Only fairly recently, researchers have discovered that the brain doesn't work in the way it was generally accepted in the twentieth century. The brain doesn't actually see any true reality. The light entering the eyes is turned into neurological signals that simply trigger areas of the brain to produce it's own "vision" of what we see. This is best described by Walter J. Freeman, a highly regarded pioneer of dynamical systems, while teaching as a Professor of the Graduate School at the University of California at Berkeley. He summarized his research and views in a 1995 book Societies of Brains: A Study in the Neuroscience of Love and Hate. In this he noted:
"I was tracing the path taken by neural activity that accompanied and followed a sensory stimulus in brains of rabbits. I traced it from the sensory receptors into the cerebral cortex and there found that the activity vanished, just like the rabbit down the rabbit hole in "Alice and Wonderland." What appeared in place of the stimulus-evoked activity was a new pattern of cortical activity that was created by the rabbit brain. My students and I first noticed this anomaly in the olfactory system and in looking elsewhere we found it in the visual, auditory, and somatic cortices, too. In all the systems the traces of stimuli seemed to be replaced by constructions of neural activity, which lacked invariance with respect to the stimuli that triggered them. The conclusion seemed compelling. The only knowledge that the rabbit could have of the world outside itself was what it had made in its own brain."
The point to note is that communication using avatars in a virtual world elicits strong emotional responses similar to those experienced in the Real World. This applies not only in friendship and romantic situations, but in all situations - including business and technical discussion. For this reason communication in Second Life shouldn't be casual, it should be as strategically conducted as if it were taking place in Real Life.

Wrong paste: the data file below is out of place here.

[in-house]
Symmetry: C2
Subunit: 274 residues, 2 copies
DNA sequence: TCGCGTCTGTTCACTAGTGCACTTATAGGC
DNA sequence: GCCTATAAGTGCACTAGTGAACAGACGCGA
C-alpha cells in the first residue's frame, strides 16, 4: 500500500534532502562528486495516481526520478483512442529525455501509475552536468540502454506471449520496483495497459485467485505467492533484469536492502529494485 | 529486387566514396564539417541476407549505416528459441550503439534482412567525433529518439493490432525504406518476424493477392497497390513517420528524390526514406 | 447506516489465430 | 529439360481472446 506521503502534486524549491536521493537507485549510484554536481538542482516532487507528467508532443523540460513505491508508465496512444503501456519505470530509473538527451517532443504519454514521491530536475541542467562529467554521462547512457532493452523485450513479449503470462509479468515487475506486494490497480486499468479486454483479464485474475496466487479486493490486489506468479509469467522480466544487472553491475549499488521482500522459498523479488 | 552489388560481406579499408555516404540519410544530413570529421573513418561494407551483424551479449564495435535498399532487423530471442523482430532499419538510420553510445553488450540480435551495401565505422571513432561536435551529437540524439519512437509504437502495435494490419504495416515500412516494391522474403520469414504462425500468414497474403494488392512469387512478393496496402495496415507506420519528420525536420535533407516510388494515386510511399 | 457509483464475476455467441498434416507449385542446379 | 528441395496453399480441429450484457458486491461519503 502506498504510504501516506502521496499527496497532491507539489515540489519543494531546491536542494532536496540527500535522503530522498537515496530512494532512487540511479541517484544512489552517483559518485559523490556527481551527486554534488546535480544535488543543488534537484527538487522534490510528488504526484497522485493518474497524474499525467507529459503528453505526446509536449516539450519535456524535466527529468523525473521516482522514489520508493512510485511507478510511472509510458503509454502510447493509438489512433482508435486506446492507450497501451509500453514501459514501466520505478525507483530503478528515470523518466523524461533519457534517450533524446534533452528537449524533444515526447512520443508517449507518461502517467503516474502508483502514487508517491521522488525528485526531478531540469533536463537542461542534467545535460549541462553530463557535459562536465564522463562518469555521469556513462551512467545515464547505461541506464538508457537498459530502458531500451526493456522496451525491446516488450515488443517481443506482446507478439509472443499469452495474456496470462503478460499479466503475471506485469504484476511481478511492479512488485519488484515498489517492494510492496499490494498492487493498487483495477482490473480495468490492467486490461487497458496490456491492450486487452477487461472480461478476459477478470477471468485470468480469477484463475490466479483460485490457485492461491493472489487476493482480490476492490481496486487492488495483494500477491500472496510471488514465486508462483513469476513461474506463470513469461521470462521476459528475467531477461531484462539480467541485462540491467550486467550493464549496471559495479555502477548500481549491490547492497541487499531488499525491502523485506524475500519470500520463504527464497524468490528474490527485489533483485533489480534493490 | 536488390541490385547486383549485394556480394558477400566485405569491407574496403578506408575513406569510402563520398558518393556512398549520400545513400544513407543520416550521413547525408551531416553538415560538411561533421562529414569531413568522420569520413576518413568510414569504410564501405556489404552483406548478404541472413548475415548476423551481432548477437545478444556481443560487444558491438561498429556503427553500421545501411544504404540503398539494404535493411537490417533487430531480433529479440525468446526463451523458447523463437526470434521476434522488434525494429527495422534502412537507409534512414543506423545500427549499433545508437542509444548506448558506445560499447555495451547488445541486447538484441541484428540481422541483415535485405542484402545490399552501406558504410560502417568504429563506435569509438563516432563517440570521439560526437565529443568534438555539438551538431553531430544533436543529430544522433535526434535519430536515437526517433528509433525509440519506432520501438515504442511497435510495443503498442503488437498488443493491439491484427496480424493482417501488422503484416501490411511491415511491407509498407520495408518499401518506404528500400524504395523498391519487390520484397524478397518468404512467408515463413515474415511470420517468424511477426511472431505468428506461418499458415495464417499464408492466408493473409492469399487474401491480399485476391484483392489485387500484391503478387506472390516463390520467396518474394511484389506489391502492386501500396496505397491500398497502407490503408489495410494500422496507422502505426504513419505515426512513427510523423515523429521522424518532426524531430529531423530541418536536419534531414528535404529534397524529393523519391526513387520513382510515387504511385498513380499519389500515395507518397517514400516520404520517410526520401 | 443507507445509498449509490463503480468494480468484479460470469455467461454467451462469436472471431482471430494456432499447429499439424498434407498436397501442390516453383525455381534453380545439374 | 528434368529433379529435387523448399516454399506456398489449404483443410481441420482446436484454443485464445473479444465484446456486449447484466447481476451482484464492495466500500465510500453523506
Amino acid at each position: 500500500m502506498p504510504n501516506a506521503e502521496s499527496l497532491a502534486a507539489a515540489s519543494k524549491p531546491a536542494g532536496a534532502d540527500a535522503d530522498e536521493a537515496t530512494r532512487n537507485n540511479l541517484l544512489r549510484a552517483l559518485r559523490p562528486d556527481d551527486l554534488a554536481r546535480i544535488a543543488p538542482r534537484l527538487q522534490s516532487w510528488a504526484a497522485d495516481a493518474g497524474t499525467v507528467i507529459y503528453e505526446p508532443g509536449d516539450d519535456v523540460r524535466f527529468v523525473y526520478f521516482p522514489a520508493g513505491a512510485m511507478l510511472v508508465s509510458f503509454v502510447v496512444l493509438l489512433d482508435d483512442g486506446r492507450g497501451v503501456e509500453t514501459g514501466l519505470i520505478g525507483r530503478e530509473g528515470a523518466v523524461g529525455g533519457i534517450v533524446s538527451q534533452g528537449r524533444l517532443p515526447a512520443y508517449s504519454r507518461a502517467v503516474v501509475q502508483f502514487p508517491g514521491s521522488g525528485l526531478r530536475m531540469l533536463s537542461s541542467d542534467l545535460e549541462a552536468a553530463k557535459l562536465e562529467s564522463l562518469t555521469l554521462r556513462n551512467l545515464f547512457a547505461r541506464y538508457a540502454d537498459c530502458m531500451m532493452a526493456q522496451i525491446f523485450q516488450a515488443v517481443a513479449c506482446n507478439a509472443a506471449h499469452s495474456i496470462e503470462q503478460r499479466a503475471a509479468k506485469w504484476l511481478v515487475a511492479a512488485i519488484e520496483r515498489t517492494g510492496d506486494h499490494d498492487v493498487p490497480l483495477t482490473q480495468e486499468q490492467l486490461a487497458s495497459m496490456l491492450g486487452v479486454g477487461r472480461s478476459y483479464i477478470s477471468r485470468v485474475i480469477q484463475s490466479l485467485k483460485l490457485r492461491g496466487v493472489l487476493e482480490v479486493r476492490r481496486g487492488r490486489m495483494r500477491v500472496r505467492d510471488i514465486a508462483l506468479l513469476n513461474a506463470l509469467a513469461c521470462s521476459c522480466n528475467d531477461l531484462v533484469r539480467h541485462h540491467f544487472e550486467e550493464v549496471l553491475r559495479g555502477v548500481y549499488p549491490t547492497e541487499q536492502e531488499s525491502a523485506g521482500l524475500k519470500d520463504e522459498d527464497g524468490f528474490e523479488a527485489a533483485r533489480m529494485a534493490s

Appearance is important, profile is important, credibility is important. Things like honor, ethics, honesty, reliability and manner of chat is just as important as in the real world.
Millions of dollars are spent each year in Second Life because people need to present themselves suitably. Clothing and appearance might be changed to suit the nature of the venue or the person they are meeting. Meetings between avatars are often taken place at one or other of the avatars residences. Residences (or virtual office environments), just like appearances, are a refection on the avatar owners personality: they offer many psychological clues that are consciously or unconsciously used to judge a person's character. It all sounds very superficial, but remember that the emotional part of the brain is largely instinctive and works independent of rationality.
You tend to meet so many different people in Second Life that it impossible to remember them all. The convention is that if a casual meeting suggests there might be a mutual interest and further meetings desirable, one or other of the avatars offers friendship. If the offer is accepted the name of each is placed in the other's list of friends.
Avatars names in a 'Friends' list is a vital aid to contact and communication in Second Life. The list allows you to see which friends are on line; allows you to chat with them wherever they are in Second Life (IM), allows you to transport them to wherever you are; read their profile and also add notes to their profile so that you can remember who they are.
This element of Second life is a very powerful aspect of Second Life which is not fully appreciated. Through this system every avatar is less than six friendship links between any other avatar. This allows information to quickly move through the community as a whole (for an explanation of this phenomenon see: A surprise property of the connected world).
Having lists of friends is more than just a social convenience. A strategic friendship list allows you to quickly access the knowledge and expertise of others, so that in any problem area you can get the assistance of a friend to help or give advice (see: An individual within an information space). In this way people in Second Life can effectively create their own virtual teams in order to engage in projects or enterprises that need a combination of different skills and knowhow.
Peter Small (SL: Eliver Rang)